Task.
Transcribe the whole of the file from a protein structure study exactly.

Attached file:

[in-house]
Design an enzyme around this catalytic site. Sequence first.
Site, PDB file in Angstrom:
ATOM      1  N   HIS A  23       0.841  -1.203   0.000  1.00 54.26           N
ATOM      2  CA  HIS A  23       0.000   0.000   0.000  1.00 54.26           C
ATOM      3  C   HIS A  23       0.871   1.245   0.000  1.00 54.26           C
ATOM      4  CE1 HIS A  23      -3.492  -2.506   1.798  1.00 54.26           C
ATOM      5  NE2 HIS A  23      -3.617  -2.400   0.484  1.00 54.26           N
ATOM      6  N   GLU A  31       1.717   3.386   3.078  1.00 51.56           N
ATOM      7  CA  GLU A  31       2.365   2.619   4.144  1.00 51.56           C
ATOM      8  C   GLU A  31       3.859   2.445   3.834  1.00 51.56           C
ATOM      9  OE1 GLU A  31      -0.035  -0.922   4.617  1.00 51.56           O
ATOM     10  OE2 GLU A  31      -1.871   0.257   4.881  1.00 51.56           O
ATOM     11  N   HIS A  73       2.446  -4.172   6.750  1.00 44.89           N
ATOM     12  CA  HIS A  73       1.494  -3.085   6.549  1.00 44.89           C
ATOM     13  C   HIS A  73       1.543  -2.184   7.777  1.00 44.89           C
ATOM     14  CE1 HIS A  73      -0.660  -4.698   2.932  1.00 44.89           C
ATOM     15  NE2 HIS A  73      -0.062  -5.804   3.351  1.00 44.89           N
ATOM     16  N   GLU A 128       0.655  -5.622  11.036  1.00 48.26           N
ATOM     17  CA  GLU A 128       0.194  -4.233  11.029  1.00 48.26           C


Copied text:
[in-house]
Design an enzyme around this catalytic site. Sequence first.
Site, PDB file in Angstrom:
ATOM      1  N   HIS A  23       0.841  -1.203   0.000  1.00 54.26           N
ATOM      2  CA  HIS A  23       0.000   0.000   0.000  1.00 54.26           C
ATOM      3  C   HIS A  23       0.871   1.245   0.000  1.00 54.26           C
ATOM      4  CE1 HIS A  23      -3.492  -2.506   1.798  1.00 54.26           C
ATOM      5  NE2 HIS A  23      -3.617  -2.400   0.484  1.00 54.26           N
ATOM      6  N   GLU A  31       1.717   3.386   3.078  1.00 51.56           N
ATOM      7  CA  GLU A  31       2.365   2.619   4.144  1.00 51.56           C
ATOM      8  C   GLU A  31       3.859   2.445   3.834  1.00 51.56           C
ATOM      9  OE1 GLU A  31      -0.035  -0.922   4.617  1.00 51.56           O
ATOM     10  OE2 GLU A  31      -1.871   0.257   4.881  1.00 51.56           O
ATOM     11  N   HIS A  73       2.446  -4.172   6.750  1.00 44.89           N
ATOM     12  CA  HIS A  73       1.494  -3.085   6.549  1.00 44.89           C
ATOM     13  C   HIS A  73       1.543  -2.184   7.777  1.00 44.89           C
ATOM     14  CE1 HIS A  73      -0.660  -4.698   2.932  1.00 44.89           C
ATOM     15  NE2 HIS A  73      -0.062  -5.804   3.351  1.00 44.89           N
ATOM     16  N   GLU A 128       0.655  -5.622  11.036  1.00 48.26           N
ATOM     17  CA  GLU A 128       0.194  -4.233  11.029  1.00 48.26           C